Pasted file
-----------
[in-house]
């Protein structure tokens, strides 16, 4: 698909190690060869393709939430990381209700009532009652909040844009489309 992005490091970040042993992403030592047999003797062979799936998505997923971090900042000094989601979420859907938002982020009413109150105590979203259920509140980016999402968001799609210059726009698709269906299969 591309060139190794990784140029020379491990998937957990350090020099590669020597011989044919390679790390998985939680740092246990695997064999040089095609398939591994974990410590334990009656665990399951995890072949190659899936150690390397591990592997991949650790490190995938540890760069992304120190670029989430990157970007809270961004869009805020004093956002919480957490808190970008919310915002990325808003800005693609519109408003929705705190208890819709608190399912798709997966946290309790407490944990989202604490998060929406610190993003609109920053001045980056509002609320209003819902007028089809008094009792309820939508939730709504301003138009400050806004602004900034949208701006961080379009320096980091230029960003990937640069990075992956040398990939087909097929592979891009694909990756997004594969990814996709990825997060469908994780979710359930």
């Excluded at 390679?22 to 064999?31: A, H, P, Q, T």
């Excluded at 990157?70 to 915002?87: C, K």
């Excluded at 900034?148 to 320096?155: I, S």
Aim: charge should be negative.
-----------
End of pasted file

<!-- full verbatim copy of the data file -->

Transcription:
[in-house]
């Protein structure tokens, strides 16, 4: 698909190690060869393709939430990381209700009532009652909040844009489309 992005490091970040042993992403030592047999003797062979799936998505997923971090900042000094989601979420859907938002982020009413109150105590979203259920509140980016999402968001799609210059726009698709269906299969 591309060139190794990784140029020379491990998937957990350090020099590669020597011989044919390679790390998985939680740092246990695997064999040089095609398939591994974990410590334990009656665990399951995890072949190659899936150690390397591990592997991949650790490190995938540890760069992304120190670029989430990157970007809270961004869009805020004093956002919480957490808190970008919310915002990325808003800005693609519109408003929705705190208890819709608190399912798709997966946290309790407490944990989202604490998060929406610190993003609109920053001045980056509002609320209003819902007028089809008094009792309820939508939730709504301003138009400050806004602004900034949208701006961080379009320096980091230029960003990937640069990075992956040398990939087909097929592979891009694909990756997004594969990814996709990825997060469908994780979710359930």
């Excluded at 390679?22 to 064999?31: A, H, P, Q, T």
């Excluded at 990157?70 to 915002?87: C, K």
């Excluded at 900034?148 to 320096?155: I, S």
Aim: charge should be negative.